The downpour had soaked me to the bone and it was ineffably cold. Unsure of how long I’d been trudging through this relentless rain, I checked my watch. Three hours. Wiping my running nose on the sleeve of my cloak, I stared into the distance, watching the lights of Central come into view. I was close. The night was eerily quiet save for the mechanical buzz of the electric gates in my view and the steady patter of rain.
Pausing in front of the gates, I focused on the place I wanted to be inside of them. Closing my eyes, I felt the familiar sting of electricity racing throughout my body as I passed through the gates, teleporting for the second time in my life. I took a few steps forward but found that I couldn’t go on any longer. Slowly, I crumpled to the ground, rain beating down on my back. My arms shook violently as I tried to push myself back up. Finally my body had reached its limits and refused to go on enduring such treatment. Tired and starving, I allowed the protest from my joints and laid my head on the concrete.
I was staring at the ceiling of a place I did not know. Sitting up, I quickly scanned my surroundings. Where was I? The lackluster, immaculate white walls gave no indication of whose home I was in.
“You’re awake,” someone said, walking in with a medical kit.
“Where am I?” I demanded.
“Where am I?” I repeated.
I couldn’t help but notice he avoided telling me where I was. Giving him a quick once over, I analyzed him. He didn’t seem like a threat. In fact, he seemed pretty harmless with his innocent hazel eyes and slightly spiked black hair. He couldn’t have been older than me. Maybe younger even.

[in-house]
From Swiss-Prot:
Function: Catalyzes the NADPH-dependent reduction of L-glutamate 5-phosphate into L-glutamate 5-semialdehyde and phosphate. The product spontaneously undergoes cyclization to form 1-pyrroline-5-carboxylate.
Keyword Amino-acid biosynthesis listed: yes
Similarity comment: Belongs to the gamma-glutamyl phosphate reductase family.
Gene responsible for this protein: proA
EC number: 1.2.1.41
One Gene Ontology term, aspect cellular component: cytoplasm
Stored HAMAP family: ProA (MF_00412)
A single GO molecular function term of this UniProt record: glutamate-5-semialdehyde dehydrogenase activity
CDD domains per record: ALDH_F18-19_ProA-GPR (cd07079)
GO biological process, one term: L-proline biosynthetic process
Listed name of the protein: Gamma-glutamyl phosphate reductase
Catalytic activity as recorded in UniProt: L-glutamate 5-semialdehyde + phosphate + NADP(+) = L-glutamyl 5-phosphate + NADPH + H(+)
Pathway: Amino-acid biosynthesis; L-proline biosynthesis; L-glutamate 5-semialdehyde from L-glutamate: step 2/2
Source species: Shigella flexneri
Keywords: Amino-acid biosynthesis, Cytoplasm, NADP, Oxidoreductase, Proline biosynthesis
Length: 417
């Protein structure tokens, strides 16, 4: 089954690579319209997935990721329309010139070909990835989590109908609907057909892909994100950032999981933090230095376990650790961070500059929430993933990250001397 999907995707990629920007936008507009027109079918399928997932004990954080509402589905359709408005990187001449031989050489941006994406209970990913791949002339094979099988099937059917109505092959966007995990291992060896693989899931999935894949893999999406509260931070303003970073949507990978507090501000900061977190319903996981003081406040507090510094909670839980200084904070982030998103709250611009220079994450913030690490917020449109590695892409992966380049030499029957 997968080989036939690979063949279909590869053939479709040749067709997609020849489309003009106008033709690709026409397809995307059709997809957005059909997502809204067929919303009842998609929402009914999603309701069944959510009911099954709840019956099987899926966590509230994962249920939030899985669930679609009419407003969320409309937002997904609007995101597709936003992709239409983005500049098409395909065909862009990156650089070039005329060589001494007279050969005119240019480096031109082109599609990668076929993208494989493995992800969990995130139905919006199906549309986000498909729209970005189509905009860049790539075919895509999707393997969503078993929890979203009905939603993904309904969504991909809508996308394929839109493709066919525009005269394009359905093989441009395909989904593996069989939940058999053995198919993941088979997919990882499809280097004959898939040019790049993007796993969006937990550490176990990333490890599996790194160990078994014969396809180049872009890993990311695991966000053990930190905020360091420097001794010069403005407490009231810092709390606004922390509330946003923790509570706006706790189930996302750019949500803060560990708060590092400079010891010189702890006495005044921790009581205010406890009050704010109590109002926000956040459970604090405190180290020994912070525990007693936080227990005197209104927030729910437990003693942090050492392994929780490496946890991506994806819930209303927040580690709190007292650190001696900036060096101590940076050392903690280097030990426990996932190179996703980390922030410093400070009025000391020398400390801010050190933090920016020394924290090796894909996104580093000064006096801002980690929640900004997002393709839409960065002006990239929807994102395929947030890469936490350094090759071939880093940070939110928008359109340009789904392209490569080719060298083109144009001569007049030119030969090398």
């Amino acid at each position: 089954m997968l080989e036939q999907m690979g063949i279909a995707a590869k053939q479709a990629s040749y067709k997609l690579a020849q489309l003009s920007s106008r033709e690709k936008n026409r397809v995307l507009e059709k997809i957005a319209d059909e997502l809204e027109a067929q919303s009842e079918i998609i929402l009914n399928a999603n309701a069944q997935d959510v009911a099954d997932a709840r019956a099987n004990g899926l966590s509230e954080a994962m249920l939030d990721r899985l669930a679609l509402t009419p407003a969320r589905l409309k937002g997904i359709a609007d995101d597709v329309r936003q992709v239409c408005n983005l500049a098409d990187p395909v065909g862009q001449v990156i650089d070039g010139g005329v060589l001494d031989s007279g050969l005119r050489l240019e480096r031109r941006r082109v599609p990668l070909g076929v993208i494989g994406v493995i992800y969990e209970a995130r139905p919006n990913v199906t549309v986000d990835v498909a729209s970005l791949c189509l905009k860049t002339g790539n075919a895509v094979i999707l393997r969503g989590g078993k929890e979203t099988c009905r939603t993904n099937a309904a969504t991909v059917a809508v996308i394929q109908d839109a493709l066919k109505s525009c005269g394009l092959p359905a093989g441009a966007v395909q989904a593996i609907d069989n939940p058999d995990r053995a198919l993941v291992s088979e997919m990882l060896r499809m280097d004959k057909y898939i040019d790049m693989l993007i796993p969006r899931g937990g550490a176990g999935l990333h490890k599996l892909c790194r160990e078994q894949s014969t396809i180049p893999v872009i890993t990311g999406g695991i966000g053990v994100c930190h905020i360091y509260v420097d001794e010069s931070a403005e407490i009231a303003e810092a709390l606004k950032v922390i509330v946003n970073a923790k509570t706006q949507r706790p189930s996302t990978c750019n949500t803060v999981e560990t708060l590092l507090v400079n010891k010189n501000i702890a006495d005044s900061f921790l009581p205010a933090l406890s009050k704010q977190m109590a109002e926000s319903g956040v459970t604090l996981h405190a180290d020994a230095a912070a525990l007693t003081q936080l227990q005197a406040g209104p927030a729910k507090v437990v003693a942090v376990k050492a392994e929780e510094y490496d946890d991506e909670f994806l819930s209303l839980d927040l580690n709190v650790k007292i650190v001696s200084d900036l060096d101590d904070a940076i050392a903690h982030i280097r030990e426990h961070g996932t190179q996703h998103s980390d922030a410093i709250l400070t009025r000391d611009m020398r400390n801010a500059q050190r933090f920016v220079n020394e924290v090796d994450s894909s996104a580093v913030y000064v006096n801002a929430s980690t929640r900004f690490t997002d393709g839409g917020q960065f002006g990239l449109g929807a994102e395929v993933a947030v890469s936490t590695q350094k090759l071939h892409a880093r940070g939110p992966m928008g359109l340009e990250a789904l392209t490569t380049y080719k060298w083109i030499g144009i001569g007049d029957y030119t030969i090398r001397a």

“My name is Ira.”
“Kai,” I replied.
“I found you passed out in the street. You slept for three days. Now, I don’t like to brag but I’m pretty sure I saved your life,” Ira commented, rifling around in the medical kit. “Now lay back so I can take your temperature.” I did as he said and he waved a temperature wand above my head before bringing it back to eye level. “98.6. You’re good.” He replaced it back and handed me a vitamin. “Take this. Oh, and I hope you don’t mind, but your clothes were filthy so I threw them away, okay?”
Ultimately, I looked down and realized I wasn’t wearing my own clothes. “You changed me?”
“I wasn’t going to let you lay on my bed in wet clothes.” I feel violated. “Don’t be such a drama queen. We’re both guys.” But still… “It’s not like there was anything to see.”
“I just mean I didn’t have any other intentions than to clean you up and change your clothes.”
“Wait, how do you keep responding to things I haven’t said out loud?”
Ira smiled and waved a ring at me. Etched on the white stone was a triangle with an eye inside of it. “I see all.” I raised a questioning eyebrow at this weirdo boy staring at me as if I was stupid. “Don’t you go to school?”
“No. I’ve never been.”
“Oh…” He trailed off. “Well, I’m a Force.”
“Is everybody on this planet crazy?” I practically shouted. “Why does everyone suddenly think they’re a Force?”
“I can read minds. I can see the words forming in your head without you having to say it out loud.”
“You really like to curse,” Ira murmured.